Who said that the Consumer Electronics Show was just meant to be a showcase for technology and consumer electronics companies? One of this week's biggest presentations came from none other than dowdy old AT&T (NYSE:T). Ma iPhone announced its support for a slew of new smartphones that will  become available over the course of the year. These devices include five Android models, one of which will be Dell's (NASDAQ:DELL) first North American offering, and two unnamed Palm models.

AT&T clearly meant for its presentation to be a feel-good event showing its commitment to consumer choice. But for me, at least, it raised more questions than it answered. The biggest ones are:

Is AT&T trying to reduce its iPhone dependence? Going into the week, there was no shortage of rumors about a CDMA version of Apple's (NASDAQ:AAPL) popular device hitting Verizon's shelves once the AT&T exclusivity agreement ran out, and AT&T's presentation at the show is just more grist for the mill. Especially because the handset announcements were accompanied by plans to support app stores on platforms from Google (NASDAQ:GOOG) (Android), Palm (WebOS), Microsoft (NASDAQ:MSFT) (Windows Mobile), and Nokia (mainly Symbian). If Verizon does get its hands on the iPhone, this sure looks like a good way for AT&T to limit the fallout.

Is the unnamed HTC Android phone mentioned by AT&T the Nexus One? Google's "superphone" is manufactured by HTC, and it looks like Google is trying to get it on as many networks as possible. So it wouldn't surprise me if the country's second-biggest carrier has been added to the partner list.

Should Research In Motion (NASDAQ:RIMM)start worrying? The company already has its hands full competing with the iPhone. The presence of seven other smartphones on the network of one of its largest customers can't be something it relishes. To be sure, Research In Motion's BlackBerrys should remain an important part of AT&T's lineup for some time. But you have to wonder about whether the company's phones can hold onto their current mindshare in the smartphone space as they face a deluge of new competitors.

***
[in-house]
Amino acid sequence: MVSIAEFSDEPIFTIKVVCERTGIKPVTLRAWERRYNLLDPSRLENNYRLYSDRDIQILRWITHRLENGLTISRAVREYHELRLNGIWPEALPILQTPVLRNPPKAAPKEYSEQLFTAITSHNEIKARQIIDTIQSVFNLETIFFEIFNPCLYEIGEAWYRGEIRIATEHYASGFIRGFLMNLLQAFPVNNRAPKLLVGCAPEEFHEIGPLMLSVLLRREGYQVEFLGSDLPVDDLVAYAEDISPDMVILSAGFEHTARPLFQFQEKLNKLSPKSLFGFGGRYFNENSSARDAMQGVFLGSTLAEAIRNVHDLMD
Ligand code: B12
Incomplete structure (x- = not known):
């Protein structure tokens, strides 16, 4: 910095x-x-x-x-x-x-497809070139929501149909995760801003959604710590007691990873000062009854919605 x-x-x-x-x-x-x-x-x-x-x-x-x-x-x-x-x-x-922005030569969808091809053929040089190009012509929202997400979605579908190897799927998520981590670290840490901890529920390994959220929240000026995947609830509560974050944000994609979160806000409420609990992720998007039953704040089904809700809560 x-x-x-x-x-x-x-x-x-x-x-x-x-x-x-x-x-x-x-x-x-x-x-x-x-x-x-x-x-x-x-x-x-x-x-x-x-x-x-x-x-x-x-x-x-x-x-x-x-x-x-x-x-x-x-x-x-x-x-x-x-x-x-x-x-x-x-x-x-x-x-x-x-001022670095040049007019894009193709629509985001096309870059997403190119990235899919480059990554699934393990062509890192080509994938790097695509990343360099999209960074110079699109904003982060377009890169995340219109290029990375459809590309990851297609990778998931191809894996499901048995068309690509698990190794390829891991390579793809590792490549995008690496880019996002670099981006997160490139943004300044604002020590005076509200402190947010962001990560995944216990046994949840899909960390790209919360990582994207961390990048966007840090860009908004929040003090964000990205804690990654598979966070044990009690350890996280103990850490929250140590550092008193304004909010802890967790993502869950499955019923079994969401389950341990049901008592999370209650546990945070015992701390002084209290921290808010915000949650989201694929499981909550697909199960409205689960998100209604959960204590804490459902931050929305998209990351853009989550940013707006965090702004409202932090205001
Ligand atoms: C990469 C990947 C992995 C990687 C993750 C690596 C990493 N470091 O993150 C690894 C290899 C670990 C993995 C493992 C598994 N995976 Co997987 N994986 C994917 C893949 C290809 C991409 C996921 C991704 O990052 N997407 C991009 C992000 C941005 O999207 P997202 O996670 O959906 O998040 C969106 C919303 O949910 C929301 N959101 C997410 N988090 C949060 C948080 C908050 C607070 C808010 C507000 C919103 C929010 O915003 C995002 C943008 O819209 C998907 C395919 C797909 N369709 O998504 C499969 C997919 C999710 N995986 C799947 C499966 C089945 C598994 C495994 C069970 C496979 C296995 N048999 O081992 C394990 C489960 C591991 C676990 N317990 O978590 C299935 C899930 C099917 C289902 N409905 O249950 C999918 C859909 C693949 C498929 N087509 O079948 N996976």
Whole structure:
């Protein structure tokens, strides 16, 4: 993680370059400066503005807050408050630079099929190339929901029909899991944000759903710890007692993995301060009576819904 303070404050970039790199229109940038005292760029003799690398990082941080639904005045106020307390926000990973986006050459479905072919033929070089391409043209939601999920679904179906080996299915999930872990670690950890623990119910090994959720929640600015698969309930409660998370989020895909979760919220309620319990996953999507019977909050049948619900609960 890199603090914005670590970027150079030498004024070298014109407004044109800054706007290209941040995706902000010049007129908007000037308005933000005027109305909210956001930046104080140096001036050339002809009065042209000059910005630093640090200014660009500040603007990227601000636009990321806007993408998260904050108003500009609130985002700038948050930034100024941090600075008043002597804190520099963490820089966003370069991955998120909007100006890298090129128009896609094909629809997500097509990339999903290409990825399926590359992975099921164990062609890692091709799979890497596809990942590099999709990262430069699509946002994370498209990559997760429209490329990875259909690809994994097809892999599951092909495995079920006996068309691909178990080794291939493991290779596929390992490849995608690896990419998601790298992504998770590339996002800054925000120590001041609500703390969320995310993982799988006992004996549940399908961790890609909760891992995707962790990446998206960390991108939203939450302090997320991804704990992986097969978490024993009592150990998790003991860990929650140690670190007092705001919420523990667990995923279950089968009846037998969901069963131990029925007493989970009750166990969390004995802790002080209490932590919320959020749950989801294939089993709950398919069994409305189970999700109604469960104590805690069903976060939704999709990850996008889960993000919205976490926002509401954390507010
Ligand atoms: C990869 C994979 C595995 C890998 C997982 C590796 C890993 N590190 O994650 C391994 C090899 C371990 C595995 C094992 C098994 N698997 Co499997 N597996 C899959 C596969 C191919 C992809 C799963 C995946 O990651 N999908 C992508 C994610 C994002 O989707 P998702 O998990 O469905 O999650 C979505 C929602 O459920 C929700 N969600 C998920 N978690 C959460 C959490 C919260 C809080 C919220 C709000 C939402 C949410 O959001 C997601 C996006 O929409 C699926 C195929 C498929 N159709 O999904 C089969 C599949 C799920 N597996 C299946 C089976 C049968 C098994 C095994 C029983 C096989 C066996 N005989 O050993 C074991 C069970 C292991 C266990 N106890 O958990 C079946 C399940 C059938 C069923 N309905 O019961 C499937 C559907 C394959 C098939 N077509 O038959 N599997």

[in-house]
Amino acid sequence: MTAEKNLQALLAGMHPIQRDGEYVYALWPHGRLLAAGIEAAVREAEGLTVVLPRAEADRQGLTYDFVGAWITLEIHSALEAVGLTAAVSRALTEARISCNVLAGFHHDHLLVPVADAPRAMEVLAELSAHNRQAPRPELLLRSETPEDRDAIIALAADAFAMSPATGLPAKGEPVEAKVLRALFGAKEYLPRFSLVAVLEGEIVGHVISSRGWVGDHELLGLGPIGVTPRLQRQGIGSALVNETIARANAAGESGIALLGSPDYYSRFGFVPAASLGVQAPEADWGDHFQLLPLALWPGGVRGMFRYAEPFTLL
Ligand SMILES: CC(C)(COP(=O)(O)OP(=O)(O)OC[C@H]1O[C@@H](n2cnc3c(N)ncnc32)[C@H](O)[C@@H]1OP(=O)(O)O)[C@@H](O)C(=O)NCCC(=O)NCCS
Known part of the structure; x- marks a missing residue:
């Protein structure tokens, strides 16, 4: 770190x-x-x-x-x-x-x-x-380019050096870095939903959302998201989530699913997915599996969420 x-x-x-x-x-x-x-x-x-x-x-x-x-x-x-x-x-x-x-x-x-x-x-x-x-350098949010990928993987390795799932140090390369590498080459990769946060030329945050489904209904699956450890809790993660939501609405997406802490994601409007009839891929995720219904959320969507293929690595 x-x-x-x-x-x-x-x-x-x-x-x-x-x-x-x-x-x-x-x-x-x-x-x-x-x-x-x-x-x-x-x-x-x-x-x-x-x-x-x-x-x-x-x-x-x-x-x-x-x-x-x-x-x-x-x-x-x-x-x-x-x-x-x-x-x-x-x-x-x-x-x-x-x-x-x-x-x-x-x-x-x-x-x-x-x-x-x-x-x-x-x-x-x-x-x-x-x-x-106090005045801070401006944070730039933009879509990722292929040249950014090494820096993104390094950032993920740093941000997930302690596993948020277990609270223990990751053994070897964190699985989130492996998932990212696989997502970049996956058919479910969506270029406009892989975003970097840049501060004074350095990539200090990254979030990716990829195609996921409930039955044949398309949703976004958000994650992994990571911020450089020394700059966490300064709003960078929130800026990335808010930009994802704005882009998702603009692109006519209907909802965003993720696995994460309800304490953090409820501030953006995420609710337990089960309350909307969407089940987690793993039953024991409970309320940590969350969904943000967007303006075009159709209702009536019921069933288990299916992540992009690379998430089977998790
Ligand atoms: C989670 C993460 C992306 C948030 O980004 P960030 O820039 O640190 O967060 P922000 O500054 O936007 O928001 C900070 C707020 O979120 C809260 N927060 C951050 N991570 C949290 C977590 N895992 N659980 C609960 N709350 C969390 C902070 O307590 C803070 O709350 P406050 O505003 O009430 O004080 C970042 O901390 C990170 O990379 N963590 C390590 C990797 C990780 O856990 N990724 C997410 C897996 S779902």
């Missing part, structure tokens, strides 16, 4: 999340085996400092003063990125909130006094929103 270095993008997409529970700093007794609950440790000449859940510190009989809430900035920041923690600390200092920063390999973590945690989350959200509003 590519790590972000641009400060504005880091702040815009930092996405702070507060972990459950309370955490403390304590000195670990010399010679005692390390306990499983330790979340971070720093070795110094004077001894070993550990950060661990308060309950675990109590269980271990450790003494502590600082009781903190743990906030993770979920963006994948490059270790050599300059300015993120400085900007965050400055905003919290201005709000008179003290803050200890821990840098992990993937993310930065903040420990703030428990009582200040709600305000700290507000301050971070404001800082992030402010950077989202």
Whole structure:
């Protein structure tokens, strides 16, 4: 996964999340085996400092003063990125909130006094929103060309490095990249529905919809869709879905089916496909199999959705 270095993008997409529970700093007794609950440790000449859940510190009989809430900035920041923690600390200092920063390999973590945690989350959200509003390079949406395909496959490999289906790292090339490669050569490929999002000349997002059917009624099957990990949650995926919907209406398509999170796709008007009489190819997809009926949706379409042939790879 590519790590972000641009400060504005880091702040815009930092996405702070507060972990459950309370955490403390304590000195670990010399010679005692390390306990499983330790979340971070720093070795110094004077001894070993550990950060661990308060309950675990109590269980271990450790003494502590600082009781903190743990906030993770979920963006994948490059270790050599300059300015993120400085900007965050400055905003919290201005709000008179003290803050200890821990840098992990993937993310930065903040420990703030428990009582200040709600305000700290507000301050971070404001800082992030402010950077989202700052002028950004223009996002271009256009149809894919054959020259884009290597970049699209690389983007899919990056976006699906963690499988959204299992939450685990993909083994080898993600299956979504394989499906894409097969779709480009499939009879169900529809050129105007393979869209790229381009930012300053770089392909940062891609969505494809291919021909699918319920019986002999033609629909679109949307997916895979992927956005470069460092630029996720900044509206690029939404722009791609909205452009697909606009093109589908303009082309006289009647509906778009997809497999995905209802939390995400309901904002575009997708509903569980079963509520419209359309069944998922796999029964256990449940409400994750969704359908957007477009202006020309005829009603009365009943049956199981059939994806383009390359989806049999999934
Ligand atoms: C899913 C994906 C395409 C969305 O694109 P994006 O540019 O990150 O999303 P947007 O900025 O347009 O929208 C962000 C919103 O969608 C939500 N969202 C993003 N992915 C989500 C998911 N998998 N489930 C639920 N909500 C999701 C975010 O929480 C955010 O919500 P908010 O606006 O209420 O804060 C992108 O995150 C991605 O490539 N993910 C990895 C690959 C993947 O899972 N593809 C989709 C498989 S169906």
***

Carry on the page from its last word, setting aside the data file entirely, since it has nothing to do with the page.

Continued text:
Can AT&T's network handle seven more smartphones? As you might've heard, the iPhone's success has put quite the stress on AT&T's wireless infrastructure. Whether or not AT&T's service is as inadequate as public perception, adding a slew of new devices that can also stream video and browse HTML Web pages isn't going to help matters. In the short term, AT&T's obvious response is to increase its capital spending to make the quality of its 3G service respectable. Over the long run, though, the answer might be to accelerate its investment plans for 4G, which will deliver some major capacity gains. If capacity-constrained carriers start looking to 4G for relief, it could provide a boost to wireless infrastructure giants such as Ericsson and Nokia Siemens.

How successful will all these Android manufacturers be in differentiating themselves? This could end up being a serious, overlooked issue. Sure, the Motorola (NYSE:MOT) Droid has a slide-out keyboard to stand out, and the Nexus One has its OLED display and noise-canceling microphone, but as more and more Android devices arrive, truly one-of-a-kind features are going to be harder to spot. And that might drive some of Android's numerous supporters to proprietary smartphone platforms as well -- even if they are desperate to create a popular rival platform to the iPhone.

The wireless industry has never been short of business intrigue. And it looks to me as if AT&T just added some more fuel to the fire.

Fool contributor Eric Jhonsa has no position in any of the companies mentioned. Microsoft and Nokia are Motley Fool Inside Value recommendations. Google is a Rule Breakers selection and Apple is a Stock Advisor pick. Motley Fool Options recommends a diagonal call on Microsoft. Try any of our Foolish newsletters today, free for 30 days. The Fool's disclosure policy keeps you covered.